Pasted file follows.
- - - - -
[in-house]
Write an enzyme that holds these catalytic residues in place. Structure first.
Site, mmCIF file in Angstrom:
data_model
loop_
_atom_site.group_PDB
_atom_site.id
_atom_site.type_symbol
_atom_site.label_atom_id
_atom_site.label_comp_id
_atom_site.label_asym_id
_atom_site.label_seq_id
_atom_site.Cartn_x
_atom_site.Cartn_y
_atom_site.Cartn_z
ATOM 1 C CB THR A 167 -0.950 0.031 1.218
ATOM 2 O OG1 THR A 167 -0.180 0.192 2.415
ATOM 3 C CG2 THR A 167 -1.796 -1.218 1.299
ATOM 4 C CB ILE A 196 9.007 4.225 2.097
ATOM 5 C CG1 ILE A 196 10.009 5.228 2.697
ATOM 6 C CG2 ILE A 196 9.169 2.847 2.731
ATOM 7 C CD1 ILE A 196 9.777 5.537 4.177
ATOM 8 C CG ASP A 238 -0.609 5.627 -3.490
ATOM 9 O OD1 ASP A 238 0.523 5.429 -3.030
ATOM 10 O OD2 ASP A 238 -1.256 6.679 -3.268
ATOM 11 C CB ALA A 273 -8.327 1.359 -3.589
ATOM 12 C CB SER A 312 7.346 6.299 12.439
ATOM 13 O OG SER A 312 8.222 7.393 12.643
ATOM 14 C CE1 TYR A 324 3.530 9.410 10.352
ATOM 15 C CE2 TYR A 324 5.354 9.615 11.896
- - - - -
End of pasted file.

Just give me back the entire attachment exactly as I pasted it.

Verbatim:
[in-house]
Write an enzyme that holds these catalytic residues in place. Structure first.
Site, mmCIF file in Angstrom:
data_model
loop_
_atom_site.group_PDB
_atom_site.id
_atom_site.type_symbol
_atom_site.label_atom_id
_atom_site.label_comp_id
_atom_site.label_asym_id
_atom_site.label_seq_id
_atom_site.Cartn_x
_atom_site.Cartn_y
_atom_site.Cartn_z
ATOM 1 C CB THR A 167 -0.950 0.031 1.218
ATOM 2 O OG1 THR A 167 -0.180 0.192 2.415
ATOM 3 C CG2 THR A 167 -1.796 -1.218 1.299
ATOM 4 C CB ILE A 196 9.007 4.225 2.097
ATOM 5 C CG1 ILE A 196 10.009 5.228 2.697
ATOM 6 C CG2 ILE A 196 9.169 2.847 2.731
ATOM 7 C CD1 ILE A 196 9.777 5.537 4.177
ATOM 8 C CG ASP A 238 -0.609 5.627 -3.490
ATOM 9 O OD1 ASP A 238 0.523 5.429 -3.030
ATOM 10 O OD2 ASP A 238 -1.256 6.679 -3.268
ATOM 11 C CB ALA A 273 -8.327 1.359 -3.589
ATOM 12 C CB SER A 312 7.346 6.299 12.439
ATOM 13 O OG SER A 312 8.222 7.393 12.643
ATOM 14 C CE1 TYR A 324 3.530 9.410 10.352
ATOM 15 C CE2 TYR A 324 5.354 9.615 11.896